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A Declaration of Life by Pro-Life Physicians
Tuesday, December 20, 2005 - By ALL

Doctors-click here to add your name to the list!

Introduction

Birth control pills, Depo-provera injections and Norplant implants achieve their anti-fertility effects primarily by causing temporary sterilization, secondarily by causing abortion by preventing the approximately week old human from successfully attaching or "implanting" into the wall of the mother's womb, and thirdly by acting as a contraceptive barrier to sperm by thickening the cervical mucus. That these drugs promoted as contraceptives may really cause abortion has not been clear to many Americans for whom abortion presents serious moral questions.

Background of the pill

Gregory Pincus, co-developer of the pill, credits a visit from Planned Parenthood's founder Margaret Sanger who promised research money for the development of the pill. i

Sanger, who supported abortion, was concerned about developing a pill as a means of curbing the "population explosion." ii

Like Sanger, pill supporters who shared Sanger's demographic concerns, such as Dr. Robert Kistner of Harvard, were less concerned about means than ends: "Our efforts to control population growth should not lead to mass guilt about methodology. It would be tragic if an effective postcoital pill or long-term progestational agent were declared illegal because of its abortifacient effect." iii

Conflict of values: Guilt would be a problem for some

In 1962, Dr. Mary Calderone, then medical director of Planned Parenthood said, "if it turns out that these intrauterine devices operate as abortifacients, not only the Catholic Church will be against them, but Protestant churches as well." iv

Legal problems existed because the language of pre-Roe anti-abortion laws was such that the "broad language of statutes and cases would suggest that to use pre-implantation means on a pregnant woman would be unlawful ... manufacturers, distributors or sellers of the pre-implantation means might be prosecuted under statutes prohibiting the manufacture, distribution or sale of abortifacients." v

Technology meets biology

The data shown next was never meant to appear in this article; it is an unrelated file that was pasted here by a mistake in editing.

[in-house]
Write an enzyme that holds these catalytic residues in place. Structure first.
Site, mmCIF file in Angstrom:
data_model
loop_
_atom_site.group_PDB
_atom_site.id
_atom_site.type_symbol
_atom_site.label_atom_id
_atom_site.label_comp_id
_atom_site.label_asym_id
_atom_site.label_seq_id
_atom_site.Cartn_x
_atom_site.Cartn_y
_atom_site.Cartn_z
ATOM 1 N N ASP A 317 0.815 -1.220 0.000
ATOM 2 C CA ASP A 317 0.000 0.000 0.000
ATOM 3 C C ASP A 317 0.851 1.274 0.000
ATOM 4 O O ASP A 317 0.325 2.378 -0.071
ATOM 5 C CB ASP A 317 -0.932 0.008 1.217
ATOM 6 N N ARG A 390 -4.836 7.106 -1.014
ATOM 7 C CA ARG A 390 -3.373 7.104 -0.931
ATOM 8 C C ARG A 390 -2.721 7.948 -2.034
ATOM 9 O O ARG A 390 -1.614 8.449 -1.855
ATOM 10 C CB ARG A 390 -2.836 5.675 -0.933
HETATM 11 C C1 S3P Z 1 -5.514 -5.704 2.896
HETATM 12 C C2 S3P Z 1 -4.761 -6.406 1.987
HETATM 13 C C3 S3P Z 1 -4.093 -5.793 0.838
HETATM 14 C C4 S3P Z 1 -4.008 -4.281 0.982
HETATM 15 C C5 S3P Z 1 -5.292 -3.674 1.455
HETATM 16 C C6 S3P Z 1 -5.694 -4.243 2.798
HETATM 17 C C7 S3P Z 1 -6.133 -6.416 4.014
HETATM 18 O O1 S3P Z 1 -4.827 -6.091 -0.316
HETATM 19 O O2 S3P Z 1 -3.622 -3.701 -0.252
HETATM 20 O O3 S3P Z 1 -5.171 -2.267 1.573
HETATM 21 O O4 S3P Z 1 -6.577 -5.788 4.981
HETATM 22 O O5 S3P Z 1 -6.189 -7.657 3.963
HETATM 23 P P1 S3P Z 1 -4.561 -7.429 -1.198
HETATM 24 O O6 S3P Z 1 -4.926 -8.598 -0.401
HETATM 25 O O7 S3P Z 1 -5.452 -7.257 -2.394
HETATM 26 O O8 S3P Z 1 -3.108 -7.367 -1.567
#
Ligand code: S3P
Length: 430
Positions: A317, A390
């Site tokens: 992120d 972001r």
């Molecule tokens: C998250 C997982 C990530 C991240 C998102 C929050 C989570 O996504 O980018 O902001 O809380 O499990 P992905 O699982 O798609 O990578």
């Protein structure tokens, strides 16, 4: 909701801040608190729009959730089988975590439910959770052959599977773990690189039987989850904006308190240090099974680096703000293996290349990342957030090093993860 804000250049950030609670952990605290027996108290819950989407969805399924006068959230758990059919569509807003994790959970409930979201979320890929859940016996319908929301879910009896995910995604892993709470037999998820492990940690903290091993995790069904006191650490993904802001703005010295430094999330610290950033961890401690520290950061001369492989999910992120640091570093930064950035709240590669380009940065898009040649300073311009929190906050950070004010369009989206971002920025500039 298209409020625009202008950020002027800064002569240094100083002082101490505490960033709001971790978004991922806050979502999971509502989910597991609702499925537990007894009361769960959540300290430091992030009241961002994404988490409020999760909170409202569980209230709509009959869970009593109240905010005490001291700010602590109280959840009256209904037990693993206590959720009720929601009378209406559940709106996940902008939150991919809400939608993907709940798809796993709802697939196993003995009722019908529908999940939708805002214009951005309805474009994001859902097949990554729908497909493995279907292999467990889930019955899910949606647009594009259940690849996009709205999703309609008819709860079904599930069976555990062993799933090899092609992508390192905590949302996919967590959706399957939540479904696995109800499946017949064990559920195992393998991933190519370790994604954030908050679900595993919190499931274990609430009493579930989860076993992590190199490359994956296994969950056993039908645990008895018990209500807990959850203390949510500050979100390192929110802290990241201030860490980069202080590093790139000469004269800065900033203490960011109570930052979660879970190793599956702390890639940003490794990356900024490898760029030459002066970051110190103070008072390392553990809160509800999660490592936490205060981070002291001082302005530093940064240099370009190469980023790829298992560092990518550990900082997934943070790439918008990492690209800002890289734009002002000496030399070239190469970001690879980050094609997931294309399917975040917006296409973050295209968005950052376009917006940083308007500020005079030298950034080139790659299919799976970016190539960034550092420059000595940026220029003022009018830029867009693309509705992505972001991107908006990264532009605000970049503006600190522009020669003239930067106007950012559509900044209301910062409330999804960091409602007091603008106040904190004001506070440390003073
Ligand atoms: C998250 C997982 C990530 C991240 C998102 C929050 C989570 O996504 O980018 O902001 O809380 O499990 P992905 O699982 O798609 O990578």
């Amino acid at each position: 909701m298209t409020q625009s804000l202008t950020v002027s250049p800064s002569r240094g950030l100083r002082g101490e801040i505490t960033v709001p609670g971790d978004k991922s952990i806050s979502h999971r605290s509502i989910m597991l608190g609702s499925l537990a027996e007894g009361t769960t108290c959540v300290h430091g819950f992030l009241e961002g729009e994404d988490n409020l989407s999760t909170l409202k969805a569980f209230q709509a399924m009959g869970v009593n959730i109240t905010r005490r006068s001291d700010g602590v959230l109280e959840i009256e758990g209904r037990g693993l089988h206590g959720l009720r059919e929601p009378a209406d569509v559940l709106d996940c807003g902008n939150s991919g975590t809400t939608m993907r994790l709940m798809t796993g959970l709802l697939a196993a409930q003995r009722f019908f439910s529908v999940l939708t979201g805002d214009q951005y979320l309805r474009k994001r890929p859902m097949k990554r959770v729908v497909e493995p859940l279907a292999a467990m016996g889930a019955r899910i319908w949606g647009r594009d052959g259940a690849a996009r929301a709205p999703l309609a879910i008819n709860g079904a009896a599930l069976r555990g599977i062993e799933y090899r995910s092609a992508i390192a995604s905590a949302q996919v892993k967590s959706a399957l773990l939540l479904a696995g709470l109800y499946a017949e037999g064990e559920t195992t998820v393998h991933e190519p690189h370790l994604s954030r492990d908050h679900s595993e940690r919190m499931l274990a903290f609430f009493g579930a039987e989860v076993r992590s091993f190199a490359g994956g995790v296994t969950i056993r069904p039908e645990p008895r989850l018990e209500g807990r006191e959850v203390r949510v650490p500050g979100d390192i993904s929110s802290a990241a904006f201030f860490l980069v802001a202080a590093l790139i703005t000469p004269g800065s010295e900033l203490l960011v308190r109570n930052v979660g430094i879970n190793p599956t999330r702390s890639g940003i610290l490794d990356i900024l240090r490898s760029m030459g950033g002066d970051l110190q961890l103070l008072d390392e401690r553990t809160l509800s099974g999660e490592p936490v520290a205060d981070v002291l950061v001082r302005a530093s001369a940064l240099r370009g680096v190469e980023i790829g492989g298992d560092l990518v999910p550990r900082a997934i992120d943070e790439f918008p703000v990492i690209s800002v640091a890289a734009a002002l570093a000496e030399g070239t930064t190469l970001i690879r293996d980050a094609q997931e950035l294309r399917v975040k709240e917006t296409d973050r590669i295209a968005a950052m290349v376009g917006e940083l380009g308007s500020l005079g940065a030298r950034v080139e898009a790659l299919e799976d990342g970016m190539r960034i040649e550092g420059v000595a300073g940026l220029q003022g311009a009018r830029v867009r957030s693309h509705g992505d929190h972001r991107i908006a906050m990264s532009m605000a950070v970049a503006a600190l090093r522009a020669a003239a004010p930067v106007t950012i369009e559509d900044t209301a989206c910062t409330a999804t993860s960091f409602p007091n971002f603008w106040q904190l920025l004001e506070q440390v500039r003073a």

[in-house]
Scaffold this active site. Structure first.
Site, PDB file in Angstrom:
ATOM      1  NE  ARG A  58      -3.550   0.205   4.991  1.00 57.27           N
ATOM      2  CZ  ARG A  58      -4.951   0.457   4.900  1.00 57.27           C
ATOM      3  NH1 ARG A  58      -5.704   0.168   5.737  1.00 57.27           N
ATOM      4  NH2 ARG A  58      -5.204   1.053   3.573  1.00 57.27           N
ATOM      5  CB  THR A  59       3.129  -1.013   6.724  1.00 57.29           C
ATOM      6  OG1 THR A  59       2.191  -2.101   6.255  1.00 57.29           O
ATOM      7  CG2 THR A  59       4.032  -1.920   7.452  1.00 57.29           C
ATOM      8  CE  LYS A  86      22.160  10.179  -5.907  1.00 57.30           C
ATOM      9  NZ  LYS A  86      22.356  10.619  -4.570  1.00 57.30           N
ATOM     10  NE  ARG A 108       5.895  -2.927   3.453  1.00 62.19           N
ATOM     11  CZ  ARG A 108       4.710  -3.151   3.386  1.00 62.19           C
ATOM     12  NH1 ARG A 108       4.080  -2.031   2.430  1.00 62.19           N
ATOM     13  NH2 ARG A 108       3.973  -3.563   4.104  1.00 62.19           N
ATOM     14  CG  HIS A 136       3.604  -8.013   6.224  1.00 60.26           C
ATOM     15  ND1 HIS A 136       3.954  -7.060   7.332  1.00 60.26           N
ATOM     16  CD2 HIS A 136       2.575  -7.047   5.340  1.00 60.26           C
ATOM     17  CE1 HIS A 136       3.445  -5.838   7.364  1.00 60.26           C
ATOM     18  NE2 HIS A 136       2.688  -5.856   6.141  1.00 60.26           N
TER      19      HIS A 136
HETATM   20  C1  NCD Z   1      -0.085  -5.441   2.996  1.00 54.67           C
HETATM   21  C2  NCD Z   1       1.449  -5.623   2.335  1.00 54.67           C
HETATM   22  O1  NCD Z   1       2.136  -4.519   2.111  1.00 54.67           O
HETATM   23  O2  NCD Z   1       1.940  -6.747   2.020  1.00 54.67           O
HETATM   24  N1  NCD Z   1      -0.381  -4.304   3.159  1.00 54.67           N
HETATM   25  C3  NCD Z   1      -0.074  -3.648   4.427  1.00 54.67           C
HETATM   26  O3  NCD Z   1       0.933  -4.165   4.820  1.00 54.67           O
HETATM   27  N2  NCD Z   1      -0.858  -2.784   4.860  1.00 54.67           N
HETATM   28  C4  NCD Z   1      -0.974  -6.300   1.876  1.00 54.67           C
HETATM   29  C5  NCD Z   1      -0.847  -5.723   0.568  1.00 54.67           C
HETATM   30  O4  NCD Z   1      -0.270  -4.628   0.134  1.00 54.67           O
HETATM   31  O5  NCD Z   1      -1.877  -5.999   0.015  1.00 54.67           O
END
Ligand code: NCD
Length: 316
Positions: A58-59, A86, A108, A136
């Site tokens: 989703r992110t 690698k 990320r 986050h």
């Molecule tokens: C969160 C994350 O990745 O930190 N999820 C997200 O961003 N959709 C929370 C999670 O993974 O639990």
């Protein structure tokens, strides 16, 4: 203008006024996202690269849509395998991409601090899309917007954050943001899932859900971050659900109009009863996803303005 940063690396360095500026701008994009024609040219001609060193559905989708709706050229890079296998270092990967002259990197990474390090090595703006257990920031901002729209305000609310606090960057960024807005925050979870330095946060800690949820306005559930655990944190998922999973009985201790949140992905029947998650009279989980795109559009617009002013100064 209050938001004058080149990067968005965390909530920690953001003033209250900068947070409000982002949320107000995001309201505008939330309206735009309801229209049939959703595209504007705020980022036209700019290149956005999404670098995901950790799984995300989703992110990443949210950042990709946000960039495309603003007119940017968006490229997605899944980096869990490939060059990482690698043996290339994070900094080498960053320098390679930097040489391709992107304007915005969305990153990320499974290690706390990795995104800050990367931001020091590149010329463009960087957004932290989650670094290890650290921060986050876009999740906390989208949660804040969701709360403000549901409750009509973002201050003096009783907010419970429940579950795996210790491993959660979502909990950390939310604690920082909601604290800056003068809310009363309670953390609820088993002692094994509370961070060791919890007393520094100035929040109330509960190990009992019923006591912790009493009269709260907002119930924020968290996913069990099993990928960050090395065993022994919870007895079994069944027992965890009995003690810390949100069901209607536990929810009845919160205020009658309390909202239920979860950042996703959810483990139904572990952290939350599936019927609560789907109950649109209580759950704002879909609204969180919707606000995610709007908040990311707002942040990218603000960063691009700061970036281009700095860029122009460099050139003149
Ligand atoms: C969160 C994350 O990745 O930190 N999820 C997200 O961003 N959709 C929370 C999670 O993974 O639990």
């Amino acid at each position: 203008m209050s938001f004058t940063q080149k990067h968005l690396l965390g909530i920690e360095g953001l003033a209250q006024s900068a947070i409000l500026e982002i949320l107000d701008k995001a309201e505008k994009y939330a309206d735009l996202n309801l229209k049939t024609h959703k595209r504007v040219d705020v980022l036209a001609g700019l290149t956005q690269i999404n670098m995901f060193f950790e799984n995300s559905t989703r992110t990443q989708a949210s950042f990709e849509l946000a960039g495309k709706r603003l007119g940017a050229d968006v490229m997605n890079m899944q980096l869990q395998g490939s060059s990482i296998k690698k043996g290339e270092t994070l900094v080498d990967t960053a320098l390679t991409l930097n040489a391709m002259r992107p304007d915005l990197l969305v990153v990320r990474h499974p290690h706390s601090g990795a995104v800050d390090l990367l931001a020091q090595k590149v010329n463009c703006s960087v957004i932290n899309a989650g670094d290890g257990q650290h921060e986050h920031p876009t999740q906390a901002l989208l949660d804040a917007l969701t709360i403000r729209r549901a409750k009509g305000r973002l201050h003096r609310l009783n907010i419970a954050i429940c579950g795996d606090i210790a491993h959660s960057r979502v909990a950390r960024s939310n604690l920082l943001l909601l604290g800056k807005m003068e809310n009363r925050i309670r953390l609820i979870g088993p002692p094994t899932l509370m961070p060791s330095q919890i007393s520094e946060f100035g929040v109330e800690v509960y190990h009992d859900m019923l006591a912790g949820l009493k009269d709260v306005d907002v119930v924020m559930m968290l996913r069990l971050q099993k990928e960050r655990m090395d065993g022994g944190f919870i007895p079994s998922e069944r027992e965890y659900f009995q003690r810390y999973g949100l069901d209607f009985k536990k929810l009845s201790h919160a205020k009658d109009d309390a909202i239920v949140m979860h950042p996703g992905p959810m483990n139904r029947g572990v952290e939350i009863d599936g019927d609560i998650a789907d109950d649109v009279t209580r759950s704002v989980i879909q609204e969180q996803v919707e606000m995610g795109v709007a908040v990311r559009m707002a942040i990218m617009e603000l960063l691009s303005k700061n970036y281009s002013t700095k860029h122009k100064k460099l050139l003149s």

Planned Parenthood's Dr. Abraham Stone noted in 1952 that any mechanical, chemical or "... biologic [sic] method that would prevent ovulation or fertilization merely prevent life from beginning ... Measures designed to prevent implantation fall into a different category. Here there is a question of destroying a life already begun." vi

The federal Department of Health, Education and Welfare also acknowledged this in a survey of birth control research: "All of the measures which impair the viability of the zygote at any time between the instant of fertilization and the completion of labor constitute, in the strict sense, procedures for inducing abortion. Administration of compounds whose mechanism of action is of this character to man either as an investigative procedure or as a practical birth control technique poses legal questions that have as yet not been resolved." vii

The problem was that most of the promising research included anti-implantation or abortion causing actions. viii

Facts vs. semantics

With biology such a stubborn thing, pill promoters turned to semantics for a solution. Swedish researcher Bent Boving, at a 1959 Planned Parenthood/Population Council symposium, noted that: "Whether eventual control of implantation can be reserved the social advantage of being considered to prevent conception rather than to destroy an established pregnancy could depend upon something so simple as a prudent habit of speech." ix

The advice was not isolated. At the 1964 Population Council symposium, Dr. Samuel Wishik pointed out that acceptance or rejection of birth control would depend on whether it caused an early abortion. Dr. Tietze, of Planned Parenthood and the Population Council suggested, as a public relations ploy, "not to disturb those people for whom this is a question of major importance." Tietze added that theologians and jurists have always taken the prevailing biological and medical consensus of their times as factual, and that "if a medical consensus develops and is maintained that pregnancy, and therefore life, begins at implantation, eventually our brethren from the other faculties will listen." x